Juan De'Prey: A Giant Rediscovered
Puerto Rican Artist's Retrospectives in Puerto Rico Rekindle Public's Interest
By: Michael D'Egidio 
First in a Multi Part Series

In his 1978 book on Puerto Rican art titled Painting and Sculpture of the Puerto Ricans,  art historian and writer Peter Bloch included and singled out the work of Juan De'Prey  (1904-1962) in a chapter  "A Giant Discovered". Bloch, who at first was an outsider to the New York Puerto Rican community when he immigrated to the city  in 1949 from Switzerland, was a Sephardic Jew who had a deep respect for Hispanic culture. For Bloch it was natural to attach himself to the Puerto Ricans who were the predominant Hispanic group in the city. What Bloch would do over the course of his life would be to champion Puerto Rican culture as one that deserved dignity and respect, words not often associated with a community that was vilified in the press as New York's "Puerto Rican problem".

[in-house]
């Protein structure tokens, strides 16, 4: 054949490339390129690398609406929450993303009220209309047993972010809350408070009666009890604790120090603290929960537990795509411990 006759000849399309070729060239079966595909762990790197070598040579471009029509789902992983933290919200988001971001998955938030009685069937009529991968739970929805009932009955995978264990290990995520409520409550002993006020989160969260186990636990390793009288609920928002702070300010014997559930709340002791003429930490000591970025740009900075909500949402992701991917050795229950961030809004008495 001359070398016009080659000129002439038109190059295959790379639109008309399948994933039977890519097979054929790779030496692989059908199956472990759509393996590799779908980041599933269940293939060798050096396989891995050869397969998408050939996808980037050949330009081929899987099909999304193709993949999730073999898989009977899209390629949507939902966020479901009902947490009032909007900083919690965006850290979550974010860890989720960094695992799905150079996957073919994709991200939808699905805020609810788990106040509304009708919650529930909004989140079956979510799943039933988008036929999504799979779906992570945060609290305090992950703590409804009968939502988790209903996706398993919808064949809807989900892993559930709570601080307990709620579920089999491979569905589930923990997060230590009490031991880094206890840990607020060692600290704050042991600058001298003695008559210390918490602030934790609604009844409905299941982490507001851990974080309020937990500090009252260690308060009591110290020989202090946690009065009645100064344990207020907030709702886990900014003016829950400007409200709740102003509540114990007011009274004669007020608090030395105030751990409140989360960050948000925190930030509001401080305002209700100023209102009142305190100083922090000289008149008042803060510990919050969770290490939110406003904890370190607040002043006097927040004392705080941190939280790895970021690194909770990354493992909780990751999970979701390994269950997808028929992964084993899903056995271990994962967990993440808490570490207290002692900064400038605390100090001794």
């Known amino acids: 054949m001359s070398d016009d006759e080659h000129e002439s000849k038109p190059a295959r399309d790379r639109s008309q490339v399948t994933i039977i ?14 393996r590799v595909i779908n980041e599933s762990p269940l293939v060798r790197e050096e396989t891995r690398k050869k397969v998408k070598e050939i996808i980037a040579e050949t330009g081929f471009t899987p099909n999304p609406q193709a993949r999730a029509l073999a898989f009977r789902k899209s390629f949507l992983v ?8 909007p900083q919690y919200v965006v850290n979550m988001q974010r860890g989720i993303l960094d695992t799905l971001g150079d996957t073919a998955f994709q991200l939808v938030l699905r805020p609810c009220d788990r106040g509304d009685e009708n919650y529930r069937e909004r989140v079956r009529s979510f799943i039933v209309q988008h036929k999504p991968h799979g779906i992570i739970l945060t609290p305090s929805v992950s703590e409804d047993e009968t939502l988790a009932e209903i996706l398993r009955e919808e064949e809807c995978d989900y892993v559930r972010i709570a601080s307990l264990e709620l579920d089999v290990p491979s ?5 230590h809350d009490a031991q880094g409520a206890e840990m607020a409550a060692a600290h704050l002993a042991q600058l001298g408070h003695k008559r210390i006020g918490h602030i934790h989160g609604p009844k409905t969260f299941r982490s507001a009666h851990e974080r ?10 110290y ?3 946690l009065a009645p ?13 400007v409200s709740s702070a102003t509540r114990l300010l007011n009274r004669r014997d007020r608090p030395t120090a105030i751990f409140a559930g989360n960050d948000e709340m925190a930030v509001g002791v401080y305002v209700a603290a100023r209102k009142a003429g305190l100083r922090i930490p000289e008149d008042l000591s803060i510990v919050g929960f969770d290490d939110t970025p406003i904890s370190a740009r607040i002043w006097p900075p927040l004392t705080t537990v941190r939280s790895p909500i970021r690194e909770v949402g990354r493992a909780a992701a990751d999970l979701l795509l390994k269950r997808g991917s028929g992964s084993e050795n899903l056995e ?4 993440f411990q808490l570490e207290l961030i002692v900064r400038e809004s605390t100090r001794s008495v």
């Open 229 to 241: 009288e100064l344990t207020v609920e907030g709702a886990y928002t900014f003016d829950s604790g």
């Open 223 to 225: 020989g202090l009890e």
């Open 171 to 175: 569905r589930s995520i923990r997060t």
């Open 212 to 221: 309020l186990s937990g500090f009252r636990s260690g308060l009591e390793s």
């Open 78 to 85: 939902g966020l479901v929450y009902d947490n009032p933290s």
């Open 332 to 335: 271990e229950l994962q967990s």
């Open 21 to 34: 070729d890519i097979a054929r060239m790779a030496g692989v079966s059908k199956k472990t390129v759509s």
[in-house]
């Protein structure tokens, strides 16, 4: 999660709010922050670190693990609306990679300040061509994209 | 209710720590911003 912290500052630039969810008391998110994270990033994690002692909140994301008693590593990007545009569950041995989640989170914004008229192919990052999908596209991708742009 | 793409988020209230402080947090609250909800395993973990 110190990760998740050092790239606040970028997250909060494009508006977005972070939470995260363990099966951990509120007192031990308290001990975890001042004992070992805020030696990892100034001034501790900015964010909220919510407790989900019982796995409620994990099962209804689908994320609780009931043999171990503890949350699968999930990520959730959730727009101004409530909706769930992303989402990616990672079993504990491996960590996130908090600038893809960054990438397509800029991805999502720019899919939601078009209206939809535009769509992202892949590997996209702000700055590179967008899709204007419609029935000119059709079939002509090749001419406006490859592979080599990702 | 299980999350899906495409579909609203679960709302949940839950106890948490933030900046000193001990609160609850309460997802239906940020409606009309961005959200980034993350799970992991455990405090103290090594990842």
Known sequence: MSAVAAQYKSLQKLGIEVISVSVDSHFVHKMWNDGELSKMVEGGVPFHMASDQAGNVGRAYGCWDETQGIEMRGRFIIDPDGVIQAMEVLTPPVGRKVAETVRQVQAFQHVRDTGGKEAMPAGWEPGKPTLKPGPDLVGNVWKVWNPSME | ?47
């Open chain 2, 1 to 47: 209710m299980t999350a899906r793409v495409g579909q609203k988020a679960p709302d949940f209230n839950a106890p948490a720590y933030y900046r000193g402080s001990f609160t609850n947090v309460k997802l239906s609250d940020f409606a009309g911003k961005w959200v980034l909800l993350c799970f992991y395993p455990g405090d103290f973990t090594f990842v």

When Bloch uses the term "Discovered" in reference to De'Prey, it may have been with a hint of sarcasm for in the art world of NYC, Juan De'Prey was a well reviewed artist who exhibited regularly during his lifetime.

     That De'Prey was unknown to many in the Puerto Rican community, including upper class and cultured Puerto Ricans Bloch writes; "I did not discover Juan De'Prey. Many art lovers -and especially many North Americans-had admired his paintings before I saw some of them for the first time and before I had the privilege of meeting him. But most Puerto Ricans, even very cultured ones, have not yet heard of him 13 years after his passing; and I find that an alarming symptom of our situation." Perhaps Bloch is writing of the "art ignorance" of the Puerto Rican community in New York, a community that as part of the lower class was too engaged in a struggle for economic survival to be concerned with the "fine arts".  As for the "more cultured ones"; that community perhaps is guilty of a willful neglect of one of their own. Regardless of the lack of recognition among his own, as artists go, Juan De'Prey was relatively well received by critics and was a pioneer among New York City Latinos.

De'Prey at Beau Monde Galleries May 1962